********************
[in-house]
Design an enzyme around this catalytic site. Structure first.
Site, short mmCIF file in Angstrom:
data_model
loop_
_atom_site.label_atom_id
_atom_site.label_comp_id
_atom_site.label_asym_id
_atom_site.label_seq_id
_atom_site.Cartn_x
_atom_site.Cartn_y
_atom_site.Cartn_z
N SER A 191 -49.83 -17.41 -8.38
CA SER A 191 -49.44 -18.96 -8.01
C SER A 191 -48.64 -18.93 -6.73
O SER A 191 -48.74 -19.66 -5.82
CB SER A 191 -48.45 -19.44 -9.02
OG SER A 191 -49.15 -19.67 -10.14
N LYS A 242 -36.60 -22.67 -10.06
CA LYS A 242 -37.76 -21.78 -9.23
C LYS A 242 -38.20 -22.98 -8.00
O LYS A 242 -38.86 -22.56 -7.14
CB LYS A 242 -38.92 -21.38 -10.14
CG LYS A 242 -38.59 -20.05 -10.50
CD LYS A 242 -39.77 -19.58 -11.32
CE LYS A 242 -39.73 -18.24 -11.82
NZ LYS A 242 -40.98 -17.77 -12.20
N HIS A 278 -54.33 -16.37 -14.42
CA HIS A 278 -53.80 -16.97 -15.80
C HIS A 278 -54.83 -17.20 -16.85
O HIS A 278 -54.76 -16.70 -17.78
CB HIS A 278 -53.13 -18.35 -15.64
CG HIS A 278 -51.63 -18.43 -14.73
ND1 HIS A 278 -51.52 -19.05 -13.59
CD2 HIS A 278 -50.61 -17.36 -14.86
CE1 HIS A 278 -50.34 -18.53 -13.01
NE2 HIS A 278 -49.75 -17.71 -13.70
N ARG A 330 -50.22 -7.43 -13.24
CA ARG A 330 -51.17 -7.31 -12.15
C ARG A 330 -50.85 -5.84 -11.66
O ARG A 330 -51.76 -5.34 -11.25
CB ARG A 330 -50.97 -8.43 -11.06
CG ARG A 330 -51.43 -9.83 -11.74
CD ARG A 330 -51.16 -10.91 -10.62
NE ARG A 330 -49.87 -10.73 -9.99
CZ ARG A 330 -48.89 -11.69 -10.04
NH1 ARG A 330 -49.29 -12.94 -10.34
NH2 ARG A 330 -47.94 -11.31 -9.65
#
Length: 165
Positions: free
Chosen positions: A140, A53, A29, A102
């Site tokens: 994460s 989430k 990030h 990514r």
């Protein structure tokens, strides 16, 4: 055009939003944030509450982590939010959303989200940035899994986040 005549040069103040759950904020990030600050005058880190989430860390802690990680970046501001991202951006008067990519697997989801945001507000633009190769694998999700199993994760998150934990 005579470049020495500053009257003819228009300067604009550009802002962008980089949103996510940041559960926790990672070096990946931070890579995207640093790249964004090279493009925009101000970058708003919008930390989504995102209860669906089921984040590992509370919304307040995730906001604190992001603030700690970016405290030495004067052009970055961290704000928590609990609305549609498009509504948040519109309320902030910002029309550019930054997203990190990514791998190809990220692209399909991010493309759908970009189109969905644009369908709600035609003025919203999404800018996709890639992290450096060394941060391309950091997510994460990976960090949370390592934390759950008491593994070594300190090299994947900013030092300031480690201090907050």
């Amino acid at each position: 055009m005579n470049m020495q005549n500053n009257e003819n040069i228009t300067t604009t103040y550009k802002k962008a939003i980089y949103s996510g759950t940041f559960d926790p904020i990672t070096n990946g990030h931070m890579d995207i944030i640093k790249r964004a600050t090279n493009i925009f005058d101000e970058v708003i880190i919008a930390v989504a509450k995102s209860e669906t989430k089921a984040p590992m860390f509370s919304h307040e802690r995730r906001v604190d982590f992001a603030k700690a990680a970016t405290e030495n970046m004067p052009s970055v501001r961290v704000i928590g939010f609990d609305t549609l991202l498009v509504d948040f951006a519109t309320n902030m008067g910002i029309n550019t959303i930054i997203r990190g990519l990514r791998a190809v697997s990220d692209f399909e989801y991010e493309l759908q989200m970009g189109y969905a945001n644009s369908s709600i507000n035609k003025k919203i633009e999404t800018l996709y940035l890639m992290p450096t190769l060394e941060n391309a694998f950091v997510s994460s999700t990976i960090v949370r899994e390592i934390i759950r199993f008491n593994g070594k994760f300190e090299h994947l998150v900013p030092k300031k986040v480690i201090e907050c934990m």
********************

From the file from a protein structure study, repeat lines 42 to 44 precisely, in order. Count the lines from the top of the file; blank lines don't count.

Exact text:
CB ARG A 330 -50.97 -8.43 -11.06
CG ARG A 330 -51.43 -9.83 -11.74
CD ARG A 330 -51.16 -10.91 -10.62